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Shows that went on way too long
"Californication" (seven seasons)
HILLSBORO, N.M. (AP) — Nine teenagers reported missing by state police investigating allegations of abuse at a ranch for troubled youth are safe and being returned to their parents, an attorney for the program’s operators said Friday evening.
State police Friday launched an air and ground search of the 30,000-acre ranch in Sierra County after finding no one at the Tierra Blanca High Country Youth Program.
Program operators had been ordered to send the kids back to their parents or surrender them to the state after staff members were accused of beating and shackling students.
Ranch attorney Pete Domenici Jr. said in a statement Friday evening that the boys had been “on a previously scheduled activity away from the ranch for several days. They are safe and have already been picked up by their parents or their parents are en route to pick them up.”
Domenici accused the state of escalating the situation by failing to agree to an emergency hearing in a lawsuit the ranch filed earlier this week over what the suits contends was an improperly handled investigation.
“We attempted to avoid exactly this type of situation by requesting an emergency hearing,” he said.
State police did not immediately respond to phone calls seeking confirmation of the teen’s whereabouts.
Earlier Friday, state police spokesman Emmanuel Gutierrez said officers went to Tierra Blanca High Country Youth Program in Sierra County with a court order to send the kids back to their parents or have them surrendered to the state.
“No one was there,” Gutierrez said, so police launched aircraft and called in help from local law enforcement agencies to search the ranch.
Last week, the Albuquerque Journal reported state authorities were investigating claims that teenage boys were beaten and forced to wear leg shackles and handcuffs for minor violations of rules at the unlicensed program.
The operators of the ranch, Scott and Collette Chandler, deny any children have been harmed. And they filed a lawsuit earlier this week accusing investigators of targeting the ranch for closure following a fatal car crash involving students.
The operators also claimed investigators have been illegally interviewing students and telling parents to pull their children from the program by Friday or face abuse charges. Their lawsuit said at least one family was contacted directly by Gov. Susana Martinez, a claim her office denies.
“The parents have been subject to verbal bullying and threats from representatives of CYFD for several days,” Domenici said in a statement. “Late yesterday afternoon, the Tierra Blanca Ranch received notice of a custody hearing for four of the youths scheduled for Friday, Oct. 18, 2013. No notice of today’s efforts to take custody of the nine boys was provided. Instead of handling this matter in an orderly manner, CYFD chose to needlessly escalate the situation.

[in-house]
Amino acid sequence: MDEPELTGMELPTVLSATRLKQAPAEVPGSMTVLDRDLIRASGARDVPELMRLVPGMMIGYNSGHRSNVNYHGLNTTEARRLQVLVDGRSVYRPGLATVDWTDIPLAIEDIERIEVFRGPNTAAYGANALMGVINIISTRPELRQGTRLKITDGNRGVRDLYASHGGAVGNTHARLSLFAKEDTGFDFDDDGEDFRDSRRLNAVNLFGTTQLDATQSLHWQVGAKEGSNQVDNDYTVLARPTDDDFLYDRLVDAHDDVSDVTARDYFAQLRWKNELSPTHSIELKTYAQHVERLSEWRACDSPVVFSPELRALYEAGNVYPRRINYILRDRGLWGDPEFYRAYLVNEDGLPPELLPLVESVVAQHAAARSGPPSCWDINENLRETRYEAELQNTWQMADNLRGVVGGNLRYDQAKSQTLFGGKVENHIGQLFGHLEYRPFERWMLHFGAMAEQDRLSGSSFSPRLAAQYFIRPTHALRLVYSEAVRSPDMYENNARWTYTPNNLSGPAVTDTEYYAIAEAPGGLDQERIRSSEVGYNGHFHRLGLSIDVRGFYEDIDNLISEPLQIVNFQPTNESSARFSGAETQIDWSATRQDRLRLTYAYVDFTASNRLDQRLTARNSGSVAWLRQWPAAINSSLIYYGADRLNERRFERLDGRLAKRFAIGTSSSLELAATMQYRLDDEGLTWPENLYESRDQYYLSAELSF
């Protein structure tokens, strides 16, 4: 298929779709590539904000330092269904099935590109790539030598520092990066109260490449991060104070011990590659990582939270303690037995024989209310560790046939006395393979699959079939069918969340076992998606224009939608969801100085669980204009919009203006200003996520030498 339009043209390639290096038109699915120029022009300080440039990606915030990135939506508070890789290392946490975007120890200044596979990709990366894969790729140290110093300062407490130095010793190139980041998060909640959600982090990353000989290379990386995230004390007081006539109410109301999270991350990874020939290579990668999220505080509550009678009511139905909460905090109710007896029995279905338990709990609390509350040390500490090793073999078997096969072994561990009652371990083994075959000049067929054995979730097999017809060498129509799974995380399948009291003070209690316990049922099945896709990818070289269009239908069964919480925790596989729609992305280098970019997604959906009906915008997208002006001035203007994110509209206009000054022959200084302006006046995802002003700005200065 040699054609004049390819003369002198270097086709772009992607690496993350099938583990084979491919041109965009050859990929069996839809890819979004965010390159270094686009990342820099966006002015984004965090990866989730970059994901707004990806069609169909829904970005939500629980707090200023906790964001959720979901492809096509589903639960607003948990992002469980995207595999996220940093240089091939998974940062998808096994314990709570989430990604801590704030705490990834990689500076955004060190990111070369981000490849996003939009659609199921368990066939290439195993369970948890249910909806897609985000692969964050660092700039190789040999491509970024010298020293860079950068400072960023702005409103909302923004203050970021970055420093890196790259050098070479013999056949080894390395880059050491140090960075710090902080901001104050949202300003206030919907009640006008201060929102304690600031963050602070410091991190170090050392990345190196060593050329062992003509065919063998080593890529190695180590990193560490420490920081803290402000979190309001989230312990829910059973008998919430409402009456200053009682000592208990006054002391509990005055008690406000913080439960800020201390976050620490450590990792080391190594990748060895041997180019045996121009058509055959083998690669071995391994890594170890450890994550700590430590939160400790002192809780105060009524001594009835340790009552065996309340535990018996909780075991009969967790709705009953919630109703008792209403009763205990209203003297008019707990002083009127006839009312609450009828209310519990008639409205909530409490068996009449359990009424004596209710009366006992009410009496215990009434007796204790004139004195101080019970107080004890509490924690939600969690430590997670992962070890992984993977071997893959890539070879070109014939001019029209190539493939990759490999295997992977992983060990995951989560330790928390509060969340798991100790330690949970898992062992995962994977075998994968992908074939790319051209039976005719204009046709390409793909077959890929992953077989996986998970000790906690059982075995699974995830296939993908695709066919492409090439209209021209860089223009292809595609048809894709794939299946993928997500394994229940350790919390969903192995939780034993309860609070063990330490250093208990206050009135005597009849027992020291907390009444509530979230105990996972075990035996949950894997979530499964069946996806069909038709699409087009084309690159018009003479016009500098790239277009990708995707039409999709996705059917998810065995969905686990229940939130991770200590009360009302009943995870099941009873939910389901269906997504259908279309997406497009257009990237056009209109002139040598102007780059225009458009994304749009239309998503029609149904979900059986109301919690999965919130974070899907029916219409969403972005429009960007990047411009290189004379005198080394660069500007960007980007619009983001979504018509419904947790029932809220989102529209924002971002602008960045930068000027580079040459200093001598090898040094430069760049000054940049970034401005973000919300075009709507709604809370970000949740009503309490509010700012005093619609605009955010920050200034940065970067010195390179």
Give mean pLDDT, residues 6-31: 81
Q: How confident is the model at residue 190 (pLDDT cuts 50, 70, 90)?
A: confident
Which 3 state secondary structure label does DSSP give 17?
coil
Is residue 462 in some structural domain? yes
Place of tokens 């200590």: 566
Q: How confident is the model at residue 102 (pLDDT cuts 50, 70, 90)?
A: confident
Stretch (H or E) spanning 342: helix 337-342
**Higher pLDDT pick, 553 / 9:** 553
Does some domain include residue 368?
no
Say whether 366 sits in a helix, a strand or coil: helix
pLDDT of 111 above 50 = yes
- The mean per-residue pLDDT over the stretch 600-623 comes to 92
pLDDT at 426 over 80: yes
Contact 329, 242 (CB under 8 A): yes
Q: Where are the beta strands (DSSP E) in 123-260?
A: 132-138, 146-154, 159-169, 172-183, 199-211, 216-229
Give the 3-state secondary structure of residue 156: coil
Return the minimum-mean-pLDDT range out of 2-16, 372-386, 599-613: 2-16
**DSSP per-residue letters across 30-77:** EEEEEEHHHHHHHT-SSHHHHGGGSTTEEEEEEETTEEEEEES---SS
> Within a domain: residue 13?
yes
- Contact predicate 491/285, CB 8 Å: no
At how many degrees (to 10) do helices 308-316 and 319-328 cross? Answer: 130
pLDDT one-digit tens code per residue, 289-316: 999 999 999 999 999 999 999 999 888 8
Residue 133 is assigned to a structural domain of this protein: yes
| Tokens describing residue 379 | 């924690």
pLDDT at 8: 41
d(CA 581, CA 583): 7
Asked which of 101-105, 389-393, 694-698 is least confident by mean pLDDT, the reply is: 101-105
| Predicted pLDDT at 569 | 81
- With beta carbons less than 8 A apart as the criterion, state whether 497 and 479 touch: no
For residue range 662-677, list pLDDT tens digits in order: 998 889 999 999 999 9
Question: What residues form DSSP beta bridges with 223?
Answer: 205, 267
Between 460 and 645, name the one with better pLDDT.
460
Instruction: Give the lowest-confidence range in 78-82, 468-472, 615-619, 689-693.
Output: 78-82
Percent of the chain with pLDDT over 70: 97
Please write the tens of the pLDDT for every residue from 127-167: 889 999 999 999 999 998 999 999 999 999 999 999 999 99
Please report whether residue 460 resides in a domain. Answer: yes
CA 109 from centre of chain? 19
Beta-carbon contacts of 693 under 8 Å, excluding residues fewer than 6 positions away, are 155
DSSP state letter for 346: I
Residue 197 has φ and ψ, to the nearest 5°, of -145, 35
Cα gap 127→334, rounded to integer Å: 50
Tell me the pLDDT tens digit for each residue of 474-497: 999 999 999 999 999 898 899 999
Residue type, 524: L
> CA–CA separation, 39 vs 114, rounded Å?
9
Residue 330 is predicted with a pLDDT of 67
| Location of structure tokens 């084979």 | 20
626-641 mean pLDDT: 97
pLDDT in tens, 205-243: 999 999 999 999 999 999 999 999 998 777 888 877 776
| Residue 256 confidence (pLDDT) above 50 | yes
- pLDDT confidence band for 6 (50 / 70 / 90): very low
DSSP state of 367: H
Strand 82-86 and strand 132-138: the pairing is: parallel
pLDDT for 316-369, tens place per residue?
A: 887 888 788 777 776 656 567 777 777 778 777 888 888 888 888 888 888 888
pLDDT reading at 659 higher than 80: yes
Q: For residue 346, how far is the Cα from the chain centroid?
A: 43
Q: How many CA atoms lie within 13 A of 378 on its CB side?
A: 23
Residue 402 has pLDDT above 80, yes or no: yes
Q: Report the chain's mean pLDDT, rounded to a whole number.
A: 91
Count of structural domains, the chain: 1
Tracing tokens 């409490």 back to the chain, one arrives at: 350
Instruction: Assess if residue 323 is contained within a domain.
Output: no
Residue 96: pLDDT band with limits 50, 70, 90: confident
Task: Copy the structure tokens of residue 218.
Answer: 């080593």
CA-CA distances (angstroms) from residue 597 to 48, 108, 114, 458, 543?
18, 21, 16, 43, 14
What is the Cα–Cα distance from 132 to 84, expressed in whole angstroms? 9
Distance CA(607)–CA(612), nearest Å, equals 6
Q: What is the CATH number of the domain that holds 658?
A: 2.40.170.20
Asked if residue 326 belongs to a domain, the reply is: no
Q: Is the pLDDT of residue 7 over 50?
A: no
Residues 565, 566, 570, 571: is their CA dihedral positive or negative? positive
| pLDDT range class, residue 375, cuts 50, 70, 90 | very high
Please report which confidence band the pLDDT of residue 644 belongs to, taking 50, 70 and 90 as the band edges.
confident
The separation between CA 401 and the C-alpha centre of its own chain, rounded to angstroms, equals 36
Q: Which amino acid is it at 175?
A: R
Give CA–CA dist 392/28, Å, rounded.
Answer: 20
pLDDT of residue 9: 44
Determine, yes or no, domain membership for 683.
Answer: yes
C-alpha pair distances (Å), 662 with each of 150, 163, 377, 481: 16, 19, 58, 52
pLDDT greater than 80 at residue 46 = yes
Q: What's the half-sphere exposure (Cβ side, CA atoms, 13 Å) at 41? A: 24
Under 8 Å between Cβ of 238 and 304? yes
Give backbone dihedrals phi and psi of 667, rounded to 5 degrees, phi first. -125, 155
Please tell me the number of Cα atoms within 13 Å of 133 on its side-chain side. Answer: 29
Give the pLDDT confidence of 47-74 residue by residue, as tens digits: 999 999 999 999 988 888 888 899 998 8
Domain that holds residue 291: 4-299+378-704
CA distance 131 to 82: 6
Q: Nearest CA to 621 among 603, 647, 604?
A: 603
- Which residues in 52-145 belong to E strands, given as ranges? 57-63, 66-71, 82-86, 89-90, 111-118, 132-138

The Chandlers had traveled to Albuquerque on Thursday with two graduates of their program for a news conference to dispute the abuse allegations.
“I’ve never seen anyone beaten,” said Kevin Finch, now a freshman at Western New Mexico University. “The accusations are downright lies.”
Another graduate, Jon Cowen, said the program “turned my life around 180 degrees.”
Chandler said Tierra Blanca has been operating for nearly 20 year. Its website promises a program for unmanageable kids that offers a balance of love, discipline and structure.
It is unclear how many such programs are operating in New Mexico or around the country, as many are unlicensed.
“That’s the problem,” said Varela, noting that the Tierra Blanca is the only such program in New Mexico of which state officials were aware.
He said the administration will push for legislation next year to regulate such programs so authorities know where any programs housing kids more than 60 days are operating and so officials are “able to go in and make sure that whatever youth are in there are safe.”
"Californication" (seven seasons)
"Entourage" (eight seasons)
Much like “Californication,” this man-centric show started strong and buzzy -- a perpetual nominee at the Golden Globes and Emmys, and a perceived gender-swapped “Sex and the City.” Then it ground on and on, and what might once have been read as a sophisticated satire of Hollywood materialism became a grinding conveyor belt of self-congratulatory guest-star appearances.